Govt’s revised target of 0.59% not possible-Expert
The Director of Strategy and Business Operations at Dalex Finance, Joe Jackson, says it will take a miracle for the government to achieve its new growth target of 0.59% following the review of its targets in the mid-year budget review presented last week.
During his presentation last week, Mr. Ken OforI-Atta said the economy has been hit with a double shock, namely, a health pandemic and a global economic recession which would result in a fiscal deficit of 11.4 percent of GDP, more than double the 5 percent stated in the Fiscal Responsibility Act, hence, his request for the supplementary budget of GH¢11.8 billion to cater to the gaping deficit.
Also, provisional fiscal data for the first half of the year show that revenue mobilisation fell short of, target by 26 percent, resulting mainly from shortfalls in oil revenue, customs receipts and non-oil tax revenues. Total revenue and grants for January to June 2020 amounted to GH¢22 billion compared with a programmed target of GH¢29.7 billion.
Non-oil tax revenue, comprising taxes on income and property, goods and services and international trade, amounted to GH¢16.7 billion or 4.3 percent of GDP, 16.2 percent below the programmed target of GH¢19.9 billion or 5.2 percent of GDP. Revenue from upstream oil and gas amounted to GH¢1.9 billion (0.5% of GDP), 55.4 percent lower than the programmed target of GH¢4.4 billion, mainly on account of lower volumes and significant drop in crude oil prices on the international market.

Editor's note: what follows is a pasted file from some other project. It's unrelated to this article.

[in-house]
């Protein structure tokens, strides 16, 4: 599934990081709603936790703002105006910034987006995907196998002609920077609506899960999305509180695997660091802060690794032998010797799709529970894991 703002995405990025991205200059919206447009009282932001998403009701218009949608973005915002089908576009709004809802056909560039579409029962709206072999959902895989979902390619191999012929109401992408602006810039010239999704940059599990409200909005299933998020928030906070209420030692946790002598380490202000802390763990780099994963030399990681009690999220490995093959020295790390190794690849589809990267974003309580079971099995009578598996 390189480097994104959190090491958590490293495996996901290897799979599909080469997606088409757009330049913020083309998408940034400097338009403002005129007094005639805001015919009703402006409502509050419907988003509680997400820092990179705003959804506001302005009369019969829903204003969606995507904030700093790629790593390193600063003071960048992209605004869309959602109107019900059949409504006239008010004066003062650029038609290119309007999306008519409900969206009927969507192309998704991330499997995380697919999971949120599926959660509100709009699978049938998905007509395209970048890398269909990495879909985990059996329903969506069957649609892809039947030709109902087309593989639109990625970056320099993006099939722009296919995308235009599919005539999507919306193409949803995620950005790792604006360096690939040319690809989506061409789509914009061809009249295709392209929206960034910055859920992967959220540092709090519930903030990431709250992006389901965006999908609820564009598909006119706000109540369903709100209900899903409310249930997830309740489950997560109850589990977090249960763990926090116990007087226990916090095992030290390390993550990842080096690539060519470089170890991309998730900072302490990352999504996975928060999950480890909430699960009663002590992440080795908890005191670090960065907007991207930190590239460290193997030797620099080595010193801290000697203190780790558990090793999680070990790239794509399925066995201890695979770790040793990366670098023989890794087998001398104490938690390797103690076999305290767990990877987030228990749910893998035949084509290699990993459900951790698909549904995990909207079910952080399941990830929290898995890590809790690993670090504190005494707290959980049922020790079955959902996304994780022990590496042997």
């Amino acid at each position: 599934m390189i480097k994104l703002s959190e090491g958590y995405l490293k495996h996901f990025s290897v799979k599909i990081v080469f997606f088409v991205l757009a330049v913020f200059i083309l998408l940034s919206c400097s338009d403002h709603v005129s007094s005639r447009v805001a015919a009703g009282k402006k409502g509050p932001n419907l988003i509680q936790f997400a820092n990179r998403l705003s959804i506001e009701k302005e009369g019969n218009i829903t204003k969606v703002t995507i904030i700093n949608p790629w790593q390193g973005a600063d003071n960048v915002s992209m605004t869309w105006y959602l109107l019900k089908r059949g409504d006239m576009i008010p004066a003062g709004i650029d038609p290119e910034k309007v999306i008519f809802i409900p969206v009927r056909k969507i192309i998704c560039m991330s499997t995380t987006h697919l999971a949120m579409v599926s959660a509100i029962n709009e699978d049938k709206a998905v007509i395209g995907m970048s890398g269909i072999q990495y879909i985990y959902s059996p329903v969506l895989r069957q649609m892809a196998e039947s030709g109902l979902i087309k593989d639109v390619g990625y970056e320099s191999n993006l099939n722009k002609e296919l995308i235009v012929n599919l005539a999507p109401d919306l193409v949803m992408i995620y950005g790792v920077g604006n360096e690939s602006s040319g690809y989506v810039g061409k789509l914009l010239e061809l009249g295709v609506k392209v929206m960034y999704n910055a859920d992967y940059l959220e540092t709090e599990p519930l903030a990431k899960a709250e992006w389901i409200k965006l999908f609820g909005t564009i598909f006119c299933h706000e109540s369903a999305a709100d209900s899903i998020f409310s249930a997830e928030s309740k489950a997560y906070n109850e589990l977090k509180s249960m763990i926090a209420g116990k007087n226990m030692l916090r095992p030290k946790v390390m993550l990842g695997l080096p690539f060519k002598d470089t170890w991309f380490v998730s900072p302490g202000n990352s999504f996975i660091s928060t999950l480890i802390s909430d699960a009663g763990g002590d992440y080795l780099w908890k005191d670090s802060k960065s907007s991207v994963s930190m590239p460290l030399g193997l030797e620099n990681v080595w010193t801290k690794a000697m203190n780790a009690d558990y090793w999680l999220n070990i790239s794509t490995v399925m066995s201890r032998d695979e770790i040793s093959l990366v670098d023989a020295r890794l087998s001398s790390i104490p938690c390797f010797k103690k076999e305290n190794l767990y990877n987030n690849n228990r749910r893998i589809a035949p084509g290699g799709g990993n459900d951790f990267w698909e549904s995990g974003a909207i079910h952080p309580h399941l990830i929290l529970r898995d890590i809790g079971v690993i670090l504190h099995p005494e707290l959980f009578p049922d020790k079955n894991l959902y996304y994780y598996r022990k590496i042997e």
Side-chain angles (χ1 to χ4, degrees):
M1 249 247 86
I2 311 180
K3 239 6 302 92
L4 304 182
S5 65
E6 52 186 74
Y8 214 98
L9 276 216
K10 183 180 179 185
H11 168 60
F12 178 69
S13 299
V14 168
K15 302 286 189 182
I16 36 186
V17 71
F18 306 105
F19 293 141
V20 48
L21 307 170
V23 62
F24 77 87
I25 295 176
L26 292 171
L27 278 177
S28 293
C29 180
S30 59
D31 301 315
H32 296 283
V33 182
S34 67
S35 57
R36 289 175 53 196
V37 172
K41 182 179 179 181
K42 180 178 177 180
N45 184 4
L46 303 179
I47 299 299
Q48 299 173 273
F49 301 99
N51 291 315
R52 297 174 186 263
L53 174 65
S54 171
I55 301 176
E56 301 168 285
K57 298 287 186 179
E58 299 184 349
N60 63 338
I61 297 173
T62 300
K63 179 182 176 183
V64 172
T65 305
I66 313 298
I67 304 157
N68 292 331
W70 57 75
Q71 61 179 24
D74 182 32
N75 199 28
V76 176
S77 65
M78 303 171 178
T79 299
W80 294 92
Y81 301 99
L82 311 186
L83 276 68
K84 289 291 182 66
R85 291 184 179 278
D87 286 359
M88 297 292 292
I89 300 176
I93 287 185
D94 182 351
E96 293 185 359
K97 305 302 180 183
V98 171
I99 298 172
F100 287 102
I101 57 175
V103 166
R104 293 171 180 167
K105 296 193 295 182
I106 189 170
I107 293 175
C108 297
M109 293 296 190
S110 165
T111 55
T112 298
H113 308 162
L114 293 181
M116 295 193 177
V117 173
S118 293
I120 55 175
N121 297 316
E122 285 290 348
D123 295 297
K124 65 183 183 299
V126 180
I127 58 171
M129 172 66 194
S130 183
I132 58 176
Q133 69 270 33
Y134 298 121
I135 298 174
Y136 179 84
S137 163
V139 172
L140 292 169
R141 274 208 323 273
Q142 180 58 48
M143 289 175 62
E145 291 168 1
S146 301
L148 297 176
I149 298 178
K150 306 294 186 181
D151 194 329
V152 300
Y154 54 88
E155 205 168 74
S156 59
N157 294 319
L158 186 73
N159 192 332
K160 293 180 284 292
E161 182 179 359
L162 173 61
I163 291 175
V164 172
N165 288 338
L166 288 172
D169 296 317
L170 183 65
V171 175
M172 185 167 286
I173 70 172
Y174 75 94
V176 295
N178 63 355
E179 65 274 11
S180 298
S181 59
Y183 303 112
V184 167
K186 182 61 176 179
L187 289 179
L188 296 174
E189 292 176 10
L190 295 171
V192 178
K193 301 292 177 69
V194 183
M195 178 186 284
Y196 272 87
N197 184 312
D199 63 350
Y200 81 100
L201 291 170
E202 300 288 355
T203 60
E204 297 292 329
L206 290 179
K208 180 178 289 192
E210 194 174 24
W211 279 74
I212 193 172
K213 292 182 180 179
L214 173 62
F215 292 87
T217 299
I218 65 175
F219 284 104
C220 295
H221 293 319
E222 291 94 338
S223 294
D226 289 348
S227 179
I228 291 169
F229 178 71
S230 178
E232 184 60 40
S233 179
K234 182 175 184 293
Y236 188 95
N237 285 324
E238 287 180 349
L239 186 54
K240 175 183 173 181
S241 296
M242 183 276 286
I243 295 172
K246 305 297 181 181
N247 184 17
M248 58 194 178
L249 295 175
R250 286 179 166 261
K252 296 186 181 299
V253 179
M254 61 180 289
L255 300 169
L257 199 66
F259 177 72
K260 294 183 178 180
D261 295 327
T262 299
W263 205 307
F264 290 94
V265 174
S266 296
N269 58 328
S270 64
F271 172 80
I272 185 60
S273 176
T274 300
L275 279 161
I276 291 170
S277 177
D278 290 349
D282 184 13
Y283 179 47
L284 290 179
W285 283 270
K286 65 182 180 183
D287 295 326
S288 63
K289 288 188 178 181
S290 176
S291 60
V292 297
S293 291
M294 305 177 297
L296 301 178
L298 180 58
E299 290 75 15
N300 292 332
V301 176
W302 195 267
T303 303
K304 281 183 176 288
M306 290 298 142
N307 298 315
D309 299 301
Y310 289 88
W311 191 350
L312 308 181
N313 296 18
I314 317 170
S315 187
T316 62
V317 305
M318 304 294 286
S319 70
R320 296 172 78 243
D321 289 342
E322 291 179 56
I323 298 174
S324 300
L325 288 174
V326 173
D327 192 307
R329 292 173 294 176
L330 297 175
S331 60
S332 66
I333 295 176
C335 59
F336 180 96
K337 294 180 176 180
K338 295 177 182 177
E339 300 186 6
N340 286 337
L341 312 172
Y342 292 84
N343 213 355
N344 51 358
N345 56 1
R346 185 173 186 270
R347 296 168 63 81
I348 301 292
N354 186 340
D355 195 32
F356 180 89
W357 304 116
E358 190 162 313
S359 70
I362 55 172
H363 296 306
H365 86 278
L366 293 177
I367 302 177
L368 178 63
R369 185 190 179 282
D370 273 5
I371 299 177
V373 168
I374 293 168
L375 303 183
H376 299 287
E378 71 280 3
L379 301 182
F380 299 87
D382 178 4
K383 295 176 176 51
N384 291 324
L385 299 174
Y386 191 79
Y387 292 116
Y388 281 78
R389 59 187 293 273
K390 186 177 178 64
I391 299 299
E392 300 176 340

Aside from these figures, unbudgeted spending shot up total expenditure (including arrears clearance) for the first half of the year to GH¢46.3 billion or 12 percent of GDP compared with the programme target of GH¢41.5 billion or 10.8 percent of GDP. This, together with the US$3billion dollar Eurobond, has increased the public debt stock to GH¢255.5 billion, representing more than 66 percent of GDP.
As a result of the pandemic, Mr Ofori-Atta said the government would now have to spend more than it originally requested and collect less revenue than previously programmed.
Consequently, he said, the gap between revenues and expenditures, measured by fiscal deficit, would widen to GH¢44.1 billion.
Mr. Jackson responding to these figures opined that the reviewed target of 0.59% is an illusion and cannot be a reality.
He explained on Frontline on Rainbow Radio 87.5Fm that the pandemic has thrown the spending of government out of gear.
The impact of the outbreak he added will be truly felt from September this year hence Ghanaians should prepare for difficult days ahead.
The projection of the government to have the COVID-19 dealt within two years he said is a good projection but unrealistic.